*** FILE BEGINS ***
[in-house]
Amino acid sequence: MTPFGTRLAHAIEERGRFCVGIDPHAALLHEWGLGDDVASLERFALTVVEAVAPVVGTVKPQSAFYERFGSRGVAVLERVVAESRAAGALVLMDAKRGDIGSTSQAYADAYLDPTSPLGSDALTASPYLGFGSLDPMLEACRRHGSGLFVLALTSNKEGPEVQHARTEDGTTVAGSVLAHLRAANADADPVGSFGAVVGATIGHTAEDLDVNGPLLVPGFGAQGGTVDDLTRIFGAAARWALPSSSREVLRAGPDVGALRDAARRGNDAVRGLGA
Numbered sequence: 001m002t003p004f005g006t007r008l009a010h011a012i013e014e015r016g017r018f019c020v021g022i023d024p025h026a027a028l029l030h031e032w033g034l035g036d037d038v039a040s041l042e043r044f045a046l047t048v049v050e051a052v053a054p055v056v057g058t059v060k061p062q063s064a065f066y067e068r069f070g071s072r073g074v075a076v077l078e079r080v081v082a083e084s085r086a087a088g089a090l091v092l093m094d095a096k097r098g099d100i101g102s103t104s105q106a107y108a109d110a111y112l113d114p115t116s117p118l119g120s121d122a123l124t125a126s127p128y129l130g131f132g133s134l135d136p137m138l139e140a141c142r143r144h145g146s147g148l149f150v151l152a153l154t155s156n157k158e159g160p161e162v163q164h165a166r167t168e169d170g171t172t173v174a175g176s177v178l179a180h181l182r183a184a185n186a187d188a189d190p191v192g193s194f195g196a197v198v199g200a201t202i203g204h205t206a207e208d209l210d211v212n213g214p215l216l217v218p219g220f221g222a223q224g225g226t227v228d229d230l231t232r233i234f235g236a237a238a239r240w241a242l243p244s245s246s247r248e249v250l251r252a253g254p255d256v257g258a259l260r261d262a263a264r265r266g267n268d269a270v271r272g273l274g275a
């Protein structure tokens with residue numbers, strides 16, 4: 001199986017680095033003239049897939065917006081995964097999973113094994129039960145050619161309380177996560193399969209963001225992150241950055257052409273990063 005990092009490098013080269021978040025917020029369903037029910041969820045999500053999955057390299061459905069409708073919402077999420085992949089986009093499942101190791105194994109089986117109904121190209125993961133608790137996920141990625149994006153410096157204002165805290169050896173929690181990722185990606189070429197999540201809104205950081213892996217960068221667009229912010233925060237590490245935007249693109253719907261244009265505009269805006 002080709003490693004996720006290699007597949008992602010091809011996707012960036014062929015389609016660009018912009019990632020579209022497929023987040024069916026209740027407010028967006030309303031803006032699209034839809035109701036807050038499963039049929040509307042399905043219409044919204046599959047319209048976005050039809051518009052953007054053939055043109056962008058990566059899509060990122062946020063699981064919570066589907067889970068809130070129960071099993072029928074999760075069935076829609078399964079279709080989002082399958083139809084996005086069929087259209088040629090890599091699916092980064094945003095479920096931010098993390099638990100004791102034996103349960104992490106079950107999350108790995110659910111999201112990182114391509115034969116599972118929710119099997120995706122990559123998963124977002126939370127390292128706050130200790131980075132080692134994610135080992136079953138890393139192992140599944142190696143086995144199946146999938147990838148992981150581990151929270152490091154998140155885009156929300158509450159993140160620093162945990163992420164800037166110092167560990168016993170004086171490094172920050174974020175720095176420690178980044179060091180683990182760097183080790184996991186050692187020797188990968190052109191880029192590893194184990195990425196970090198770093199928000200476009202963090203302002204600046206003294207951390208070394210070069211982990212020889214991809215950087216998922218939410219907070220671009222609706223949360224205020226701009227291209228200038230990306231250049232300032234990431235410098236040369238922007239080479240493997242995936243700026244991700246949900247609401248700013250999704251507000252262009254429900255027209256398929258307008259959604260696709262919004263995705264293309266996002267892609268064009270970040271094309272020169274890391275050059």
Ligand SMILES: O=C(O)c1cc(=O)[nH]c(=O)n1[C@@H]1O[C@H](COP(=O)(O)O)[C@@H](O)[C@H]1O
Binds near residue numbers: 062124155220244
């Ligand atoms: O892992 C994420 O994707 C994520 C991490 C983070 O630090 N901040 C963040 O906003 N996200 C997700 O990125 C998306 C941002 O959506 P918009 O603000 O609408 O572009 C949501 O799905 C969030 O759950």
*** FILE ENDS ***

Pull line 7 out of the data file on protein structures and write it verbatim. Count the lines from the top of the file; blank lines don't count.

């Ligand atoms: O892992 C994420 O994707 C994520 C991490 C983070 O630090 N901040 C963040 O906003 N996200 C997700 O990125 C998306 C941002 O959506 P918009 O603000 O609408 O572009 C949501 O799905 C969030 O759950």